• Refine Query
  • Source
  • Publication year
  • to
  • Language
  • 59
  • 43
  • 28
  • 16
  • 4
  • 3
  • 3
  • 3
  • 3
  • 2
  • 2
  • 2
  • 2
  • 2
  • 2
  • Tagged with
  • 213
  • 213
  • 43
  • 42
  • 37
  • 37
  • 30
  • 30
  • 24
  • 21
  • 20
  • 19
  • 18
  • 18
  • 18
  • About
  • The Global ETD Search service is a free service for researchers to find electronic theses and dissertations. This service is provided by the Networked Digital Library of Theses and Dissertations.
    Our metadata is collected from universities around the world. If you manage a university/consortium/country archive and want to be added, details can be found on the NDLTD website.
1

Analytical and numerical continuation methods for conductive temperature fields

Eggers, Dwight Edward 17 July 1975 (has links)
The continuation of conductive temperature fields is being considered. The continuation of a field involves the extrapolation of a field known over a limited domain to an adjacent domain in such a way that it satisfies the heat conduction differential equation and other imposed constraints. Continuations forward in time and toward the interior of the space from the constraining initial and boundary conditions are expressed analytically as convolution integrals. Solutions are approximated using linear filter methods in real and transform spaces. The inverse problems of continuation toward the constraining conditions are expressed in real space as power series of derivatives. Solutions are approximated as convolution filtering operations. Variational methods are also used to solve problems which do not yield to convolution filtering operations. The suitability of these approximation methods is shown in two ways: (1) the frequency response of the derived convolution coefficients are compared with the analytic transfer functions; and (2) the methods are applied to artificial test cases. These field continuation methods provide a tool for the interpretation of observational temperature data. Several examples of field data are treated using these techniques; (1) A case of the temperature inversion observed in a geothermal borehole is explained by a transient flow of thermal water along a narrow horizontal fracture; (2) Soil temperature data are treated to determine the in situ thermal diffusivity and show that departures from conductive conditions are accounted for by evaporative effects; (3) Shallow borehole temperature data which exhibit the nonstationary effects of the annual cycle are shown to be influenced by convective effects in the soil. / Graduation date: 1976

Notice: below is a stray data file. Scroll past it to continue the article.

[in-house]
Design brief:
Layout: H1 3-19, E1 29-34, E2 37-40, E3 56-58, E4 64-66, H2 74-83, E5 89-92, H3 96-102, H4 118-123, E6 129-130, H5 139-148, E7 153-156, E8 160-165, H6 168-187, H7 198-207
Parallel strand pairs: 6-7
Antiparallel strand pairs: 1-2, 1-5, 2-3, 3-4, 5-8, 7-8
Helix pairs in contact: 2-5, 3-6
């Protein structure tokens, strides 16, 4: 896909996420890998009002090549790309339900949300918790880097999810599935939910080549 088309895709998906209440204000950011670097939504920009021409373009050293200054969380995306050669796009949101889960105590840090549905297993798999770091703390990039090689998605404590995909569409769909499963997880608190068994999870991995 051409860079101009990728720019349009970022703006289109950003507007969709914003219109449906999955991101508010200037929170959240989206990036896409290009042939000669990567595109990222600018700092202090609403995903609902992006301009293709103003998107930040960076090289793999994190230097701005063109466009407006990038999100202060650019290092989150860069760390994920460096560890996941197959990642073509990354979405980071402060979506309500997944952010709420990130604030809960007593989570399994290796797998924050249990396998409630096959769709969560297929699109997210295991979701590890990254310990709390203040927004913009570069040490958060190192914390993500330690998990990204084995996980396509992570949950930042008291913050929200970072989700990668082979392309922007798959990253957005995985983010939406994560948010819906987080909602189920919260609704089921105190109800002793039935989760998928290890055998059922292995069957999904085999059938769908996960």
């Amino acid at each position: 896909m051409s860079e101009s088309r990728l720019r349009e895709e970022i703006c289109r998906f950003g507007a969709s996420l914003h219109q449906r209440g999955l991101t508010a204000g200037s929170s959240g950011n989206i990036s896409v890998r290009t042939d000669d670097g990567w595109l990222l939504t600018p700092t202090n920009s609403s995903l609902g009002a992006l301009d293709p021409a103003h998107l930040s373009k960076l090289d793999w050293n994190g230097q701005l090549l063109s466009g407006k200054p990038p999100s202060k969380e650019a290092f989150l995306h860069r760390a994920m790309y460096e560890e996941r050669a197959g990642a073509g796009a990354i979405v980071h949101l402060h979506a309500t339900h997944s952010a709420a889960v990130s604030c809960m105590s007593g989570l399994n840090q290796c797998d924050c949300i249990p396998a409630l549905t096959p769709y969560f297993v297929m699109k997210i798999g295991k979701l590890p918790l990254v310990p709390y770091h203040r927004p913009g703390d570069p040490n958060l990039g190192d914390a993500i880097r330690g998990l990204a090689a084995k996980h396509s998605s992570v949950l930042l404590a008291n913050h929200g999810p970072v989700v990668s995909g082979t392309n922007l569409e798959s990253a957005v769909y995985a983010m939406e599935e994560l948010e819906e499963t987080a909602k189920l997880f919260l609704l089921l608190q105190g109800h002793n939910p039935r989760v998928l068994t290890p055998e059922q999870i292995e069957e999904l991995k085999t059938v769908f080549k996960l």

2

Flow through thin triangular sections

Marburger, Ivan Lloyd, 1931- January 1960 (has links)
No description available.
3

Transient heat conduction in infinite plates situated in a fourth-power radiative environment

Crawford, Martin 12 1900 (has links)
No description available.
4

The measurement of thermal conductivity at high temperatures

Bowen, Mack Donald 05 1900 (has links)
No description available.
5

The prediction of heat transfer in rough pipes

McAndrew, Murray Alexander January 1962 (has links)
An evaluation of methods for predicting turbulent heat transfer in rough pipes has been made with the intention of obtaining a better understanding of the transfer processes involved and of providing a general design equation, valid for all types of roughness shapes and distributions. The equations of Martinelli, Nunner, and Mattioli, along with an empirical method suggested by Epstein, have been tested using the available experimental data. In addition, particular attention has been given to a proposed method which makes use of the velocity profile equations of Rouse and von Karman in Lyon's fundamental equation for the Nusselt number. The results indicate that the proposed method is not successful, largely because of ignorance of velocity conditions near the walls of rough pipes. Mattioli's equation also does not give a satisfactory correlation of experimental results. Epstein's empirical method, which, in the pertinent dimensionless groups, uses friction velocity and equivalent sand-roughness height of the roughness elements in place of the average fluid velocity and the pipe diameter, respectively, shows promise but requires further investigation. Nunner's equation and Martinelli's (simplified) equation give good prediction of the experimental results and are recommended for use at present, providing 0.5 < Pr < 1.0. The success of these latter equations gives support to the hypothesis that the fluid adjacent to a rough wall is probably in laminar motion. Using Nunner's model of the flow conditions in rough pipes, equations have been derived for predicting temperature profiles from velocity profile data. Generally, the absolute agreement between predicted profiles and Nunner’s experimental profiles is good, but the influences of Re and especially f are not too well accounted for. Nunner's conclusion that temperature and velocity profiles in rough pipes are not similar is substantiated by the results. / Applied Science, Faculty of / Chemical and Biological Engineering, Department of / Graduate
6

Certain steady state and transient time phenomena in heat conduction

Hadley, Charles Wendell. January 1940 (has links)
LD2668 .T4 1940 H34 / Master of Science
7

Heat conduction in polycrystalline metal films

鍾業華, Chung, Yip-wah. January 1973 (has links)
published_or_final_version / Physics / Master / Master of Philosophy
8

Numerical methods in aero-engine heat transfer

Hoggard, T. W. January 1986 (has links)
No description available.
9

Empirical determination of radial and axial effective thermal conductivities in a packed bed

Serjak, William C., 1922- January 1967 (has links)
No description available.
10

A cylindrical probe for determination of thermal constants in situ

Yarger, Douglas Neal, 1937- January 1962 (has links)
No description available.

Page generated in 0.0744 seconds